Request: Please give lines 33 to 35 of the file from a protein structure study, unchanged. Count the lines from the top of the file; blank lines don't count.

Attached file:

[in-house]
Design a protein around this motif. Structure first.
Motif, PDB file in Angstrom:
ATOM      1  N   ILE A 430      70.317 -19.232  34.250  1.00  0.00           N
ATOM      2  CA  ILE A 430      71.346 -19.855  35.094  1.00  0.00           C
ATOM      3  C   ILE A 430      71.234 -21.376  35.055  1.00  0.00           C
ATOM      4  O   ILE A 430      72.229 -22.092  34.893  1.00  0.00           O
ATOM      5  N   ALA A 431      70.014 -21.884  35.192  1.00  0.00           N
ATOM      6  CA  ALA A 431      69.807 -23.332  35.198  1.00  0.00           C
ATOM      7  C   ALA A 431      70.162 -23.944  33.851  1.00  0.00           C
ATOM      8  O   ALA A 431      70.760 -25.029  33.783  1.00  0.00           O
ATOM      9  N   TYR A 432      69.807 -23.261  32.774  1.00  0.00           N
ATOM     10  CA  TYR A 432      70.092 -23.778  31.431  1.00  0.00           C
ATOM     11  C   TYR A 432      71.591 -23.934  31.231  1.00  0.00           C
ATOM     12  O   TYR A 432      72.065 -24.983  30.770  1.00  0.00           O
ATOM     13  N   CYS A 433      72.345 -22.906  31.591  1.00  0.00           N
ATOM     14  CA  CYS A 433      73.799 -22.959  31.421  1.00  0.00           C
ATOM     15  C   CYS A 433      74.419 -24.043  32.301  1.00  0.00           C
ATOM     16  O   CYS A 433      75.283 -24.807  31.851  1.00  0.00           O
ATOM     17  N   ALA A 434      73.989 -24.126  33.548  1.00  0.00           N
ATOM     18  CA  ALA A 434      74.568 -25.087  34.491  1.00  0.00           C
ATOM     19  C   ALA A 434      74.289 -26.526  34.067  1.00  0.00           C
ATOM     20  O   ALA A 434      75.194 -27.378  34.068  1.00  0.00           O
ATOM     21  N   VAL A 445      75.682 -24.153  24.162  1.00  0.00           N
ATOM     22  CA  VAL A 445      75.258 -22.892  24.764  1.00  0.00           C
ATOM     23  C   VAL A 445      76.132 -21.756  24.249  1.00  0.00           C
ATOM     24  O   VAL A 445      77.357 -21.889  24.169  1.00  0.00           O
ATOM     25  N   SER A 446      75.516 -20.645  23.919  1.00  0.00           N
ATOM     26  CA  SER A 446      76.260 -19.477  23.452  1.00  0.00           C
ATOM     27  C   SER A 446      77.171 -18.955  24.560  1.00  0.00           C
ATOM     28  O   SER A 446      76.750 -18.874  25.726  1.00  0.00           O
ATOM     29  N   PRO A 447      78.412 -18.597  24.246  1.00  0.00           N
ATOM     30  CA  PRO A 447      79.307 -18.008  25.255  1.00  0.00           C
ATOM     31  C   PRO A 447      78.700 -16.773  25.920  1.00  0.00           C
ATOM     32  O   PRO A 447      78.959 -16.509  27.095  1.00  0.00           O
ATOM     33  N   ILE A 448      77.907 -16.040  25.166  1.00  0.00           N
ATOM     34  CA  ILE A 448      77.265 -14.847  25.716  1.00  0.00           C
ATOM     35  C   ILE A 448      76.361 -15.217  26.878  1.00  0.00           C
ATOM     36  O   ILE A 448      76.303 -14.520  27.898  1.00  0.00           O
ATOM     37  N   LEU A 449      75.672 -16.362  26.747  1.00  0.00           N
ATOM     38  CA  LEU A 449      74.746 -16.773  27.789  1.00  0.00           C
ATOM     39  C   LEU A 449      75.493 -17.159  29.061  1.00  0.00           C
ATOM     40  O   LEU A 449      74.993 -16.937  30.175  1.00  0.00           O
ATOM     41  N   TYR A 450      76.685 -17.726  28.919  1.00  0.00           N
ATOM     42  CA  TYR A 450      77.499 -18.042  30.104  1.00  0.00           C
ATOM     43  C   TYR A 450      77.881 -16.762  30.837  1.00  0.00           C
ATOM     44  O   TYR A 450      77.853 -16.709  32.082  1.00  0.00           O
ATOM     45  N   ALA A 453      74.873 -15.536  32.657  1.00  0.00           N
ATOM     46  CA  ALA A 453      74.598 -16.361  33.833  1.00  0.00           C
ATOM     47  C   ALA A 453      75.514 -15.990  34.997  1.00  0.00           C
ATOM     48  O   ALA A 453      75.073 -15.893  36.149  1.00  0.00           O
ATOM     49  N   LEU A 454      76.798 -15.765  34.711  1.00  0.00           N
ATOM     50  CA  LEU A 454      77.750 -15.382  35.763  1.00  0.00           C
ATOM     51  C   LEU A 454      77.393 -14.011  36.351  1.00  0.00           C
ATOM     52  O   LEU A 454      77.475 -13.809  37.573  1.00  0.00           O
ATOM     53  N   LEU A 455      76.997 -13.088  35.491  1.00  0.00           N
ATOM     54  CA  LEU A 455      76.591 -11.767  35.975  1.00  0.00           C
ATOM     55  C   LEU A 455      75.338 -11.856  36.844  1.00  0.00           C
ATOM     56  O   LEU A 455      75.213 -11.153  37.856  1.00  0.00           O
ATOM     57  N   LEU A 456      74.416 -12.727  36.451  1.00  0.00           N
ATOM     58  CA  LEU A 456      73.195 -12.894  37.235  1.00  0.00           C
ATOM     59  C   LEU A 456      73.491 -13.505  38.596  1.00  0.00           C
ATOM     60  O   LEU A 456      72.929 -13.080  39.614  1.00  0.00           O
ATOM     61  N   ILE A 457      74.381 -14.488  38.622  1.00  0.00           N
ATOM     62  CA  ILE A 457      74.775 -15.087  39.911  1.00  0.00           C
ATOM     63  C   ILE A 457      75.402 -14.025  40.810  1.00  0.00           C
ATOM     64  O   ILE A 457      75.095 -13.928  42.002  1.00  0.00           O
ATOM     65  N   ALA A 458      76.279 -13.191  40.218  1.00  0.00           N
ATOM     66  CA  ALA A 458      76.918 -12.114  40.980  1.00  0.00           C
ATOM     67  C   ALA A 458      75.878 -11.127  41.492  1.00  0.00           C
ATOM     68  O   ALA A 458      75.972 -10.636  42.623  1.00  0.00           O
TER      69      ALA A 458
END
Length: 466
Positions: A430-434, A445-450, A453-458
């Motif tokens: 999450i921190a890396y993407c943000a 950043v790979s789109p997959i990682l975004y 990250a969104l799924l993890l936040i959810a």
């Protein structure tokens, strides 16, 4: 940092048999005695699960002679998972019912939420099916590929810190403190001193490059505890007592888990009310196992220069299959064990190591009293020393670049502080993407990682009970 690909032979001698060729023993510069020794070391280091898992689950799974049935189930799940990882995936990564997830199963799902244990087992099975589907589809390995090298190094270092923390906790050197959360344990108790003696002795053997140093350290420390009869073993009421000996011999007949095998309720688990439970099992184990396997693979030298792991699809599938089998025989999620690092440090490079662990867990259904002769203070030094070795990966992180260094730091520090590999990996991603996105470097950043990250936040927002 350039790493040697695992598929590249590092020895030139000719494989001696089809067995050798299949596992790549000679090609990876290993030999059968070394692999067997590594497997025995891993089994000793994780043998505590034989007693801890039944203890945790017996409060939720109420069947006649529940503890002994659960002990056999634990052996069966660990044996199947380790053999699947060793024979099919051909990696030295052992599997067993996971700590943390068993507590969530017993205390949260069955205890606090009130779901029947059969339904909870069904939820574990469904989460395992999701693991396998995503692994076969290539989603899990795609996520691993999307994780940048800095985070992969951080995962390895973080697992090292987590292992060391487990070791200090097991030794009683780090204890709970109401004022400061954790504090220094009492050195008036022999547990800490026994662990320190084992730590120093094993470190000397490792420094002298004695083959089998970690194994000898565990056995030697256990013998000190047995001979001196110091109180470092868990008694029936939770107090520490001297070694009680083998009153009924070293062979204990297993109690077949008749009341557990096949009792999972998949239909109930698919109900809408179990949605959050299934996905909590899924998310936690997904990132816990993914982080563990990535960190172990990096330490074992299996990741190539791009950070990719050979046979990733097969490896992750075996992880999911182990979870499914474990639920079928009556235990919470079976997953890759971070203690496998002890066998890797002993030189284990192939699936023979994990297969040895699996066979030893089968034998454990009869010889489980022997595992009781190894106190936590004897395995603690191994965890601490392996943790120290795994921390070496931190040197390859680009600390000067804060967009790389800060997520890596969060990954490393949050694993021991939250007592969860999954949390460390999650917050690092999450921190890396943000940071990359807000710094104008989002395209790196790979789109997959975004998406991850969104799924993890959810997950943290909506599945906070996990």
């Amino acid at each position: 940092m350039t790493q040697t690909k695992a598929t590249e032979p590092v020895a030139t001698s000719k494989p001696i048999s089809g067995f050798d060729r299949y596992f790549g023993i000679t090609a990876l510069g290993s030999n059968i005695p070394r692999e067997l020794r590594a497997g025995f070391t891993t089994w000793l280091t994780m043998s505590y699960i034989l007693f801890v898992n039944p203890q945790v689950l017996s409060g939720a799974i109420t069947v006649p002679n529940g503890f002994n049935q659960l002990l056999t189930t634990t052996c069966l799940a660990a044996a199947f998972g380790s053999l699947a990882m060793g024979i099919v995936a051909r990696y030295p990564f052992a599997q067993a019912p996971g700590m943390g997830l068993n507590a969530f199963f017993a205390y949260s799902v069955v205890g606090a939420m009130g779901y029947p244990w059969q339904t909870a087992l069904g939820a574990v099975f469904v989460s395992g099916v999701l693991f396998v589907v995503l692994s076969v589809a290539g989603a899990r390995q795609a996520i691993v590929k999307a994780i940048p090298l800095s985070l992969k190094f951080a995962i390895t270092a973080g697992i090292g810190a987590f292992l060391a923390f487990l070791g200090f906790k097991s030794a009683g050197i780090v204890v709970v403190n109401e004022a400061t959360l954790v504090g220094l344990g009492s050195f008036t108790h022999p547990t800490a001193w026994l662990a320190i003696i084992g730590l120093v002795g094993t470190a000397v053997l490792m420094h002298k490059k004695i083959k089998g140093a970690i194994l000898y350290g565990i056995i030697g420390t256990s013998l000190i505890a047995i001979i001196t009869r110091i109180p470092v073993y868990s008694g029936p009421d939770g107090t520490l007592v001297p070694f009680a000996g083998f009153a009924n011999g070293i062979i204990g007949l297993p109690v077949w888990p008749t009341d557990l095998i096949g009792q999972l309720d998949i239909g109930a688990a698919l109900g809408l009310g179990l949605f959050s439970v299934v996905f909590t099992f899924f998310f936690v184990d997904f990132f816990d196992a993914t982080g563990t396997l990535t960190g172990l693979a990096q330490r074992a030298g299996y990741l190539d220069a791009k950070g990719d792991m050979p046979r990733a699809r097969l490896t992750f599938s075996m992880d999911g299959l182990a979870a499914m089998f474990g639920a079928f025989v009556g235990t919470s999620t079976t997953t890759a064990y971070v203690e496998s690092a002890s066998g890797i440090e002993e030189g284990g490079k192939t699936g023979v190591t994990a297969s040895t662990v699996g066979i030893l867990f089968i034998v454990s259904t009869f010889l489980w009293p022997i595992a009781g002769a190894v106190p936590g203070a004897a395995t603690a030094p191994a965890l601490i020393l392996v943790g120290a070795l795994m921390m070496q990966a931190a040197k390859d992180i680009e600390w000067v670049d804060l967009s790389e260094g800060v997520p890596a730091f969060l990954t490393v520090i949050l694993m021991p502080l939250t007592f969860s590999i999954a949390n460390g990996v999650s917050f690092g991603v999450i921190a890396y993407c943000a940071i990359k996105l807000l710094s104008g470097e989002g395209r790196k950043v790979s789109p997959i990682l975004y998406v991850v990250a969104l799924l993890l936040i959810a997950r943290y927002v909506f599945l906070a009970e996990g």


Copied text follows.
ATOM     30  CA  PRO A 447      79.307 -18.008  25.255  1.00  0.00           C
ATOM     31  C   PRO A 447      78.700 -16.773  25.920  1.00  0.00           C
ATOM     32  O   PRO A 447      78.959 -16.509  27.095  1.00  0.00           O